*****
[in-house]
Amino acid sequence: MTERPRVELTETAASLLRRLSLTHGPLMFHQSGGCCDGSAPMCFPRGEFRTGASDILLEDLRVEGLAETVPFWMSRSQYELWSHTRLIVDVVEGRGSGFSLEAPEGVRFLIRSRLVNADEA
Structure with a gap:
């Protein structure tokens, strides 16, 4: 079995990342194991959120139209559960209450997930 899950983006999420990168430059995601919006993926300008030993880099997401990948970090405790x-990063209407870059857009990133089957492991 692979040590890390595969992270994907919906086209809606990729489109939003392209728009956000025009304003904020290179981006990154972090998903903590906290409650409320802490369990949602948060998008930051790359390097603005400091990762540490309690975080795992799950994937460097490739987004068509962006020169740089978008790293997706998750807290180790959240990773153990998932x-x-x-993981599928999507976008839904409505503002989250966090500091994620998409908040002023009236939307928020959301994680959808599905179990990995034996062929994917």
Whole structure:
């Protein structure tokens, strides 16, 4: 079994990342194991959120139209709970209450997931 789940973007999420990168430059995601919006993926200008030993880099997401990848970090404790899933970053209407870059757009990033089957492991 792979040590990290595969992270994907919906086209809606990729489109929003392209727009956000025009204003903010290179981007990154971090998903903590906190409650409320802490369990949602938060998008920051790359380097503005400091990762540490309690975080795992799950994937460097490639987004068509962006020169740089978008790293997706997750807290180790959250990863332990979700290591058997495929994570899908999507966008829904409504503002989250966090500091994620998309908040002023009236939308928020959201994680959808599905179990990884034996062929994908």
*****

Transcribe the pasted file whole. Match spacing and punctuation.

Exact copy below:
[in-house]
Amino acid sequence: MTERPRVELTETAASLLRRLSLTHGPLMFHQSGGCCDGSAPMCFPRGEFRTGASDILLEDLRVEGLAETVPFWMSRSQYELWSHTRLIVDVVEGRGSGFSLEAPEGVRFLIRSRLVNADEA
Structure with a gap:
């Protein structure tokens, strides 16, 4: 079995990342194991959120139209559960209450997930 899950983006999420990168430059995601919006993926300008030993880099997401990948970090405790x-990063209407870059857009990133089957492991 692979040590890390595969992270994907919906086209809606990729489109939003392209728009956000025009304003904020290179981006990154972090998903903590906290409650409320802490369990949602948060998008930051790359390097603005400091990762540490309690975080795992799950994937460097490739987004068509962006020169740089978008790293997706998750807290180790959240990773153990998932x-x-x-993981599928999507976008839904409505503002989250966090500091994620998409908040002023009236939307928020959301994680959808599905179990990995034996062929994917």
Whole structure:
């Protein structure tokens, strides 16, 4: 079994990342194991959120139209709970209450997931 789940973007999420990168430059995601919006993926200008030993880099997401990848970090404790899933970053209407870059757009990033089957492991 792979040590990290595969992270994907919906086209809606990729489109929003392209727009956000025009204003903010290179981007990154971090998903903590906190409650409320802490369990949602938060998008920051790359380097503005400091990762540490309690975080795992799950994937460097490639987004068509962006020169740089978008790293997706997750807290180790959250990863332990979700290591058997495929994570899908999507966008829904409504503002989250966090500091994620998309908040002023009236939308928020959201994680959808599905179990990884034996062929994908």